SEARCH HOME Math Central Quandaries & Queries  Question from Rahul: I have to prove that n^2 is a multiple of 100 is necessary or Sufficient condition (or both) for n being multiple of 10. I can see that if n=10*p for some p then n^2 = 100*p^2, and p^2 is also an integer as p is. n^2= 100*p => n=10* sqrt(p) and here sqrt(p) need not be integer. I still feel that n^2 = 100*p will imply n=10*p for two different p's. Also I can not see any immediate counter example to prove that n^2=100*p for p integer, does not imply n = 10*p or q etc. Hi Rahul,

I can give you a hint. $100 = 4 \times 25.$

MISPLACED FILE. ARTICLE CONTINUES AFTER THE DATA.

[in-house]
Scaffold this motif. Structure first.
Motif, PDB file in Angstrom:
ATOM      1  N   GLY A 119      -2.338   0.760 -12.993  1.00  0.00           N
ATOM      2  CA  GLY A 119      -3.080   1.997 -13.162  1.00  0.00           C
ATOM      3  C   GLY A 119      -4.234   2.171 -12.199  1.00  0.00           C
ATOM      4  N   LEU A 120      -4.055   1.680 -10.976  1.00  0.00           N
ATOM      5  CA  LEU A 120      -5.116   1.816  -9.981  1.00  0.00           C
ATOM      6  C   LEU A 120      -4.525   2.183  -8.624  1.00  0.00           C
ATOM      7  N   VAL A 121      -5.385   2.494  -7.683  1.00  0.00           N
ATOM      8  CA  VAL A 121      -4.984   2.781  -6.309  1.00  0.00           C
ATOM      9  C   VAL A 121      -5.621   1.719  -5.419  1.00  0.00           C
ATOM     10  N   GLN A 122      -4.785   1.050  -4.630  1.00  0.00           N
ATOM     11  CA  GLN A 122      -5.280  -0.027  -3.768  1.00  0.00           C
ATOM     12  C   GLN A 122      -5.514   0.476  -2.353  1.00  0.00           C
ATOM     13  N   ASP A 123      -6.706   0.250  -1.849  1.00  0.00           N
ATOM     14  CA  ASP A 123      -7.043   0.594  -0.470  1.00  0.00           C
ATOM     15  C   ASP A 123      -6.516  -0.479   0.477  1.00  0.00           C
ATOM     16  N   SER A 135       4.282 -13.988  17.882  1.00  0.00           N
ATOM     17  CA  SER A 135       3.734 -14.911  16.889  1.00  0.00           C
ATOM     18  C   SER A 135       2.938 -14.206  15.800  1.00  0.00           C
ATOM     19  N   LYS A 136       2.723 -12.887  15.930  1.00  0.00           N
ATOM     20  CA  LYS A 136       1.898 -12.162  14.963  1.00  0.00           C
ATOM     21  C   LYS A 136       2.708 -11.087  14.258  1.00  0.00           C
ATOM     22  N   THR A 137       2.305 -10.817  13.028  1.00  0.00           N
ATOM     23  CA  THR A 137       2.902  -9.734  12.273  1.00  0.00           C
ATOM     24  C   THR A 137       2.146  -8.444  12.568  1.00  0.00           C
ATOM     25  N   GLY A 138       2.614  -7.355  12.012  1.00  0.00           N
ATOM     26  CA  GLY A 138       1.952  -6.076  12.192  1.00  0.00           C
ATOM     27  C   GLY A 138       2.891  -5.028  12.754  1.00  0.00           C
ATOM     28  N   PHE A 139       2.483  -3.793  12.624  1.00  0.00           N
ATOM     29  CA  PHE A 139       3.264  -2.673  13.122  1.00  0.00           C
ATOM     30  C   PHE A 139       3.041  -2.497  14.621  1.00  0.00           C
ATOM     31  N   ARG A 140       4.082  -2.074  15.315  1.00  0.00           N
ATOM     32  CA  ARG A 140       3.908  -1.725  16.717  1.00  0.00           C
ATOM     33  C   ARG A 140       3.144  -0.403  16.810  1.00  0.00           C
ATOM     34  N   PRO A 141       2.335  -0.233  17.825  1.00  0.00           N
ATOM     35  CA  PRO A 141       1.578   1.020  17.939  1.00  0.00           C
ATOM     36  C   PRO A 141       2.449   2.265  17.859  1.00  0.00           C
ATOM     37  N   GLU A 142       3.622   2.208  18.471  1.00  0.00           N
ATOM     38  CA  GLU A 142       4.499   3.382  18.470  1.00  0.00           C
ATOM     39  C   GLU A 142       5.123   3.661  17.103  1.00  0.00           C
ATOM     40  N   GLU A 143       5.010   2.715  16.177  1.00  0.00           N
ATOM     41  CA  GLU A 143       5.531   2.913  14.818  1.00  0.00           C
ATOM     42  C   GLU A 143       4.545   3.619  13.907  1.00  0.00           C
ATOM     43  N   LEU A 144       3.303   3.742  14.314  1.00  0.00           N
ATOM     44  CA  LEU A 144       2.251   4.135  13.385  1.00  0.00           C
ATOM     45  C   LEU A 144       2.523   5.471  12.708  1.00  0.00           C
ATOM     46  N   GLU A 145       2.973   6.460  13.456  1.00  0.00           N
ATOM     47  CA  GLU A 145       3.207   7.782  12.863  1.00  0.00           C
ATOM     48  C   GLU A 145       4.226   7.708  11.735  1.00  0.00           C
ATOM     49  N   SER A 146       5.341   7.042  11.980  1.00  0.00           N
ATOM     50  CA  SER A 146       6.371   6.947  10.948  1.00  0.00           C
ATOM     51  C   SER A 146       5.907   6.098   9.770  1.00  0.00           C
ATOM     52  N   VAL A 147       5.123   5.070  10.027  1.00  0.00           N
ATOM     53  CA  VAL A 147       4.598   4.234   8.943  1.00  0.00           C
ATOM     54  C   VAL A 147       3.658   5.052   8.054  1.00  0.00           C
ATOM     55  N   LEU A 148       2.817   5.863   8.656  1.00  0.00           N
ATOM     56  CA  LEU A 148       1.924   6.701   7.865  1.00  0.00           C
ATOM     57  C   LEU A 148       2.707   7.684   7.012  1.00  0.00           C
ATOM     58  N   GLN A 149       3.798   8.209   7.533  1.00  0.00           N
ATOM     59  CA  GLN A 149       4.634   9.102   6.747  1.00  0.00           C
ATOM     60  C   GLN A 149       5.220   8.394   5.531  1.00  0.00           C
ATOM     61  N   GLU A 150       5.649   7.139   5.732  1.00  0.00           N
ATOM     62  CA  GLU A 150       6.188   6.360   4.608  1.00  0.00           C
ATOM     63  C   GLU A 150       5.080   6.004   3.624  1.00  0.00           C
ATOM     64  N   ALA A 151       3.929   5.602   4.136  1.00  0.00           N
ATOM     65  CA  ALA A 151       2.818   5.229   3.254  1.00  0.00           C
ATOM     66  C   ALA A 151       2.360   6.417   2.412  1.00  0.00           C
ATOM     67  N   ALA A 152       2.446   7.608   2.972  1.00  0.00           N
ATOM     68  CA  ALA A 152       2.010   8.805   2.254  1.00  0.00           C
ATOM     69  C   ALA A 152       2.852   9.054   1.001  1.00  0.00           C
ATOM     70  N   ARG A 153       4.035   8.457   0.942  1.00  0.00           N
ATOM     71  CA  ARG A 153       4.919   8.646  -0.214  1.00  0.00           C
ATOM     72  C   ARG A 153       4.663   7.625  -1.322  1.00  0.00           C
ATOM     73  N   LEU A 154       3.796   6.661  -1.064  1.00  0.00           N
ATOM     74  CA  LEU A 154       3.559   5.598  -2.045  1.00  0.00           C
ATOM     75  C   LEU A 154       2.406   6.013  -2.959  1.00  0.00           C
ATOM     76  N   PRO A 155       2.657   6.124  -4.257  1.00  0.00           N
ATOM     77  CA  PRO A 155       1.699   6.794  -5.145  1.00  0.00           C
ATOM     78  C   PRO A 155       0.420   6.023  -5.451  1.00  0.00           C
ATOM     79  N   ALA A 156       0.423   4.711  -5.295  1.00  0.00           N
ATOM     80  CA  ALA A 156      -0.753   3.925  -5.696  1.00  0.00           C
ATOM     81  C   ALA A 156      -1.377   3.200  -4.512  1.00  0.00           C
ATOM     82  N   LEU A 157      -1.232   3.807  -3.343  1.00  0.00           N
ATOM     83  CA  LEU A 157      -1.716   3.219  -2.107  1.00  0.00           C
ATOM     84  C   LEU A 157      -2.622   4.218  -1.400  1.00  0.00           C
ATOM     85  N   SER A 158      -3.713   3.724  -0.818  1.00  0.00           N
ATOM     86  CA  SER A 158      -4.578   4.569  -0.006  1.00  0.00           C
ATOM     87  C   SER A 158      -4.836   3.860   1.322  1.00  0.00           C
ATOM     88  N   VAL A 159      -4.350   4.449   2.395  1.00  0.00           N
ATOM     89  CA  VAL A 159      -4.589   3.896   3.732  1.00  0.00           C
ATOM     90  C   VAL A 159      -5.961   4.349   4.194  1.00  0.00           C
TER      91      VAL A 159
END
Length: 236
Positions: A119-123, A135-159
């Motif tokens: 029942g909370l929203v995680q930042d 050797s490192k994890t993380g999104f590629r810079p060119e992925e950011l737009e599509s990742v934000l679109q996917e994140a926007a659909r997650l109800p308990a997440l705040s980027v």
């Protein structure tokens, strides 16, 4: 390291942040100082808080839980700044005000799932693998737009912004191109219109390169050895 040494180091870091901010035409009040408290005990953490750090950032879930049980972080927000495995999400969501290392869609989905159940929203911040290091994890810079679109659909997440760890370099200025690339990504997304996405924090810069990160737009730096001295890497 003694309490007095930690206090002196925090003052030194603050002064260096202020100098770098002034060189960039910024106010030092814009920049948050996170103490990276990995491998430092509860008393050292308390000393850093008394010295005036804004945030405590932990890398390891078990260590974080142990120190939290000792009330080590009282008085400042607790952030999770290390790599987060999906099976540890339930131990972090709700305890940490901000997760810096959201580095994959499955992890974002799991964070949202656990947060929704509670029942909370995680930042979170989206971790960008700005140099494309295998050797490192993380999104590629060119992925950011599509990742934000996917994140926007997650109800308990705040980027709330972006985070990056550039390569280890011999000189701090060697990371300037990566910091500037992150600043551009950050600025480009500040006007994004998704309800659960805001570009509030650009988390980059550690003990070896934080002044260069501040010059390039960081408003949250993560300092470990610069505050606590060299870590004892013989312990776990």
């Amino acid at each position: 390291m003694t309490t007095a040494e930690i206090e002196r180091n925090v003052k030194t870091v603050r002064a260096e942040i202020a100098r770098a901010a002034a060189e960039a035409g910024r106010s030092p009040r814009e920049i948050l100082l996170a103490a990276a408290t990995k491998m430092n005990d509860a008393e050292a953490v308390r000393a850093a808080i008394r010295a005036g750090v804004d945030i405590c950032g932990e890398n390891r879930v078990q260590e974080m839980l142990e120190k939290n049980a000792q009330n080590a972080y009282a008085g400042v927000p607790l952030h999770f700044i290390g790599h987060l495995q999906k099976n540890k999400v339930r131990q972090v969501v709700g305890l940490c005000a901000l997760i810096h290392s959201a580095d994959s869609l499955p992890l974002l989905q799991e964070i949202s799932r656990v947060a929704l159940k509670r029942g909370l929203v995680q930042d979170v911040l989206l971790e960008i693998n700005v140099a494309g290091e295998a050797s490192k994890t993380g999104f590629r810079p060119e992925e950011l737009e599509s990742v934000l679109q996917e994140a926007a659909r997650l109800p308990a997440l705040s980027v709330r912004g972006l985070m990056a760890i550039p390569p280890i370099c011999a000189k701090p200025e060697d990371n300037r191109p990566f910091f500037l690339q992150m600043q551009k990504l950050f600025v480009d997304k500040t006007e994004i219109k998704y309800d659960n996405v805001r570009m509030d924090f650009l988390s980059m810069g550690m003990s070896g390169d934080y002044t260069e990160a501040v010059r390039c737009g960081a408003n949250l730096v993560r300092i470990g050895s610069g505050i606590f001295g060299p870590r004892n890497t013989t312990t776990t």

Write back if you need more assistance.

Penny

Rahul wrote back

I had been given a hint to the problem that 100 = 4*25.
I can say 4*25 = 10*10 which is multiple of 10, what next?

Rahul,

You are assuming that $n^2 = 100 \times p$ and thus $n^2 = 4 \times 25 \times p.$ Therefore $4$ divides the right side and hence it divides the left side. Hence $4 = 2^2$ divides $n^{2}.$ Can you complete the problem now?

Penny      Math Central is supported by the University of Regina and the Imperial Oil Foundation.